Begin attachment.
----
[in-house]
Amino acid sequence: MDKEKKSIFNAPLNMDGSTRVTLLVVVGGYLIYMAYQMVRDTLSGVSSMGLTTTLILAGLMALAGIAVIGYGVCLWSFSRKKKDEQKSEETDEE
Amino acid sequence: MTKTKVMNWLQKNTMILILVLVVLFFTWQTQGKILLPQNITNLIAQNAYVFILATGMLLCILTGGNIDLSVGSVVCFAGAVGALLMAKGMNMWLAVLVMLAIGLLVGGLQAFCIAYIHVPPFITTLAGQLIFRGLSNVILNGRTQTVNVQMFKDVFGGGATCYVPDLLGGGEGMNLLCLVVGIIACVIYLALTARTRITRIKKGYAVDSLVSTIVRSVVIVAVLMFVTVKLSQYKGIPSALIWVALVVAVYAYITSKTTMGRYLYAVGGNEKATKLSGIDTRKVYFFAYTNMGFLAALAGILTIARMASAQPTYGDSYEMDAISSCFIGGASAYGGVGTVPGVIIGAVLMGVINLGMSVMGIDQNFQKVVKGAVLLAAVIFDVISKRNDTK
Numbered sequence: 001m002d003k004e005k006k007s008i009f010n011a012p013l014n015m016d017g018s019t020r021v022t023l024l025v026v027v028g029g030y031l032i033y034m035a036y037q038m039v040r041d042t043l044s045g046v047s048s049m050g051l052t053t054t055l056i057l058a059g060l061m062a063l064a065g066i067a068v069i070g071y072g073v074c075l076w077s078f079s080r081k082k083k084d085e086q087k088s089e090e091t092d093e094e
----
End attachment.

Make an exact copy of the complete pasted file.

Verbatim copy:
[in-house]
Amino acid sequence: MDKEKKSIFNAPLNMDGSTRVTLLVVVGGYLIYMAYQMVRDTLSGVSSMGLTTTLILAGLMALAGIAVIGYGVCLWSFSRKKKDEQKSEETDEE
Amino acid sequence: MTKTKVMNWLQKNTMILILVLVVLFFTWQTQGKILLPQNITNLIAQNAYVFILATGMLLCILTGGNIDLSVGSVVCFAGAVGALLMAKGMNMWLAVLVMLAIGLLVGGLQAFCIAYIHVPPFITTLAGQLIFRGLSNVILNGRTQTVNVQMFKDVFGGGATCYVPDLLGGGEGMNLLCLVVGIIACVIYLALTARTRITRIKKGYAVDSLVSTIVRSVVIVAVLMFVTVKLSQYKGIPSALIWVALVVAVYAYITSKTTMGRYLYAVGGNEKATKLSGIDTRKVYFFAYTNMGFLAALAGILTIARMASAQPTYGDSYEMDAISSCFIGGASAYGGVGTVPGVIIGAVLMGVINLGMSVMGIDQNFQKVVKGAVLLAAVIFDVISKRNDTK
Numbered sequence: 001m002d003k004e005k006k007s008i009f010n011a012p013l014n015m016d017g018s019t020r021v022t023l024l025v026v027v028g029g030y031l032i033y034m035a036y037q038m039v040r041d042t043l044s045g046v047s048s049m050g051l052t053t054t055l056i057l058a059g060l061m062a063l064a065g066i067a068v069i070g071y072g073v074c075l076w077s078f079s080r081k082k083k084d085e086q087k088s089e090e091t092d093e094e